Tuesday, 20 May 2014

Who makes the public ignorant?

I was interested to be pointed to these survey results in '12 things the British Public Are Completely Wrong About' on Buzzfeed (and finally to the actual survey results here at IPSOS Mori). This is partly fascinating because two of the results simply don't show what the headline suggests, yet no one seems to have noticed this, and partly because it's interesting to think about why public perception is wrong on these issues - and a large part of the blame has to go to politicians, TV and newspapers.

Let's deal with that little quirk where the figures don't reflect what's being said. We are told that 29% of people think that the government spends more on Job Seekers Allowance than pensions and, by coincidence, 29% of people think foreign aid is one of the government's top three expenditures. (In reality we spend 15 times more on pensions than JSA, and foreign aid is not even in the top 10.) The actual figures were 29% and 26%, which surely don't support the headline hypothesis 'Things the British Public are Completely Wrong About'. The title tells us that most of the public are wrong, and yet we are talking about a quarter of those polled. My suspicion is that one reason some people did get this wrong is that it involves doing comparisons with ridiculously large numbers, because the numbers spent on the health service, say, makes anything else seem negligible. In reality, for normal people, as opposed to the government, the £7.9 billion spent on foreign aid is still a massive number, which could easily make it sound like one of the higher expenditures.

But it is particularly interesting to take a look at some of the other assertions (which do seem to be more representative of public views) and see where they might have come from.
  1. On average, those questioned thought that 15% of girls under 16 get pregnant each year. This is the most bizarre statistic of the lot. Assuming girls can get pregnant from around 12, this would require more than half of those who could get pregnant to get pregnant every year. In fact if you look at the breakdown of responses, around 70 people thought that 40% of girls under 16 got pregnant - which means every single girl who was capable of becoming pregnant doing so, plus rather a lot of others. Boggle. It certainly demonstrates a poor understanding of basic statistics. Where does the wrong impression come from? Probably right wing politicians, reinforced a bit by the media, who talk about teenage pregnancies far more than the actual data (which is a rate of about 0.6%) suggests is necessary.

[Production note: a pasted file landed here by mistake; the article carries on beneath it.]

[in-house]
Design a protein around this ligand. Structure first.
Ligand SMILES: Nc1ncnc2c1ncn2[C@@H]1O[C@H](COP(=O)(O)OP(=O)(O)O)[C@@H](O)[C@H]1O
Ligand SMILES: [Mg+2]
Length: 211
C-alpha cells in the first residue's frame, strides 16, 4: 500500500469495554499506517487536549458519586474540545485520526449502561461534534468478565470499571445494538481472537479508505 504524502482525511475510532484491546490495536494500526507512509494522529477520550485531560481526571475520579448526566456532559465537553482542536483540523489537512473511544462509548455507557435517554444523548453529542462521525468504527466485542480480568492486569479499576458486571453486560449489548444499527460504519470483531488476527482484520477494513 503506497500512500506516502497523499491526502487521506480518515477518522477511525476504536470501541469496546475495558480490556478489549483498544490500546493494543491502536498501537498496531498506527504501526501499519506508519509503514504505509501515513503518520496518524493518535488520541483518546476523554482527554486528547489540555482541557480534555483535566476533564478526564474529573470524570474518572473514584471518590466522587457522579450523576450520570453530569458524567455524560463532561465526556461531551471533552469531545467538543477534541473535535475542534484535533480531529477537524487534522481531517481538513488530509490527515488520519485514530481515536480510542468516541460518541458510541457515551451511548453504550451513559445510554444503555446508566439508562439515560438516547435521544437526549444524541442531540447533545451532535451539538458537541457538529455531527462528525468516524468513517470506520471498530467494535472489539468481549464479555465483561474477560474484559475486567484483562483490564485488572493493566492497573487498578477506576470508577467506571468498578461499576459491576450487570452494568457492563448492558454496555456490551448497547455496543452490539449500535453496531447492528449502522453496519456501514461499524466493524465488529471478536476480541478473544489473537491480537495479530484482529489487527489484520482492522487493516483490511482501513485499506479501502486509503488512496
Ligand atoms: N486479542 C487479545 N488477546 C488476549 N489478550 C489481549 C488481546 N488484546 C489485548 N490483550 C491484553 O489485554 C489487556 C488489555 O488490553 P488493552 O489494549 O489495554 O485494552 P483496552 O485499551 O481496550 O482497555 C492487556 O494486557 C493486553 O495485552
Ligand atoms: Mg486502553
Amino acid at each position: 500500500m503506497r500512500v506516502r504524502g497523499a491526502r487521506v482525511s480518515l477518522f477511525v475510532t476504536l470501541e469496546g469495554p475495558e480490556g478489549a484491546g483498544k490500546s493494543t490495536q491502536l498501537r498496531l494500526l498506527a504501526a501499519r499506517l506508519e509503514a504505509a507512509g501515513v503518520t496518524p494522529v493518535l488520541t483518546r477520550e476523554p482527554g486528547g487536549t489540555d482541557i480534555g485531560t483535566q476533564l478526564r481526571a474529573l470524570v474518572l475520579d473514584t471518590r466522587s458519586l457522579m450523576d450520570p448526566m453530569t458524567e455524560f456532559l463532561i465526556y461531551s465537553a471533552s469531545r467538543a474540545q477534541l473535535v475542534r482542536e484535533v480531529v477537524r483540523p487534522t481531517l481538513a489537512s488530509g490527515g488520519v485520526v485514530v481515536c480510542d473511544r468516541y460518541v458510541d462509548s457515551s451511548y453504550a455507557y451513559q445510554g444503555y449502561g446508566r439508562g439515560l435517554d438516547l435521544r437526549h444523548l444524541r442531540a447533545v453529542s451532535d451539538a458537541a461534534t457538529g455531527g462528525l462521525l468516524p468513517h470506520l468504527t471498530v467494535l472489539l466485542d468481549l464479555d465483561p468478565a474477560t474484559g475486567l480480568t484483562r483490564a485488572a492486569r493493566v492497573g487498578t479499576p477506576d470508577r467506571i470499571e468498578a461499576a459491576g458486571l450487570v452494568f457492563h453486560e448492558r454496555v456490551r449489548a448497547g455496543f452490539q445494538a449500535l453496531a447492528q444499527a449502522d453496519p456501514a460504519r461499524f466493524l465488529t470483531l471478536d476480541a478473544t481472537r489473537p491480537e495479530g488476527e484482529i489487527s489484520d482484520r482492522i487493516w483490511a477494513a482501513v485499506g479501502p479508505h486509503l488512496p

2. 58% do not think that crime is falling and 51% think violent crime is rising (again the Buzzfeed article got a number wrong). There's an element of politicians talking too much about this, but the fault is primarily with the media. Admittedly I have heard several times on the news that crime rates are falling, but there is always a 'but' immediately afterwards where after some scraping around they manage to find some crime statistic (any crime statistic) that is rising. They can't just report good news, it goes against their miserable natures. And, of course, day after day crimes are reported in the way many other things that happen day after day aren't.
  3. We think that there are nearly as many muslims (24%) in the country as christians (34%) where the figures are actually 5% and 59% (sort of, though that second figure is an overestimate by most measures). This has to primarily be a news agenda thing. I can't remember when I last heard a news bulletin that didn't mention muslims in some way - in large part because a lot of world problems are happening in muslim countries. So the religion gets more media coverage than is representative of the muslim presence in the UK. It isn't helped when we get the silly halal meat type blowups, when people will assume that surely restaurants wouldn't make a change like that to accommodate such a small percentage of the population. This is a hard one to do anything about because the news agenda is so driven by strife.
  4. We thing 31% of the country are immigrants and 30% are black and asian, where actual numbers are around 13% and 11%. The immigrant side of the equation surely comes from the politicians making such a fuss about it. My suspicion is that the black and asian misjudgement is mainly because the media is so London-based, so whenever they, say, visit a school it has a different black and asian mix from that you would expect in the country as a whole. The media also tries so hard not to exclude minorities that there is a tendency to have a higher representation of black and asian presenters in some parts of the media than reflects the national average, though strangely the percentages tend to be too low in many dramas.
It seems a mix of poor understanding of statistics (I still can't get over that '15% of girls under 16 getting pregnant'), disproportionate focus by political parties and imbalanced reporting in the media, which is always happier, for instance, to tell us about crimes than about the eradication of crime, means that the British public is sadly misinformed. 

If you'd like to see some more detail on the data behind the headlines, take a look at these slides:

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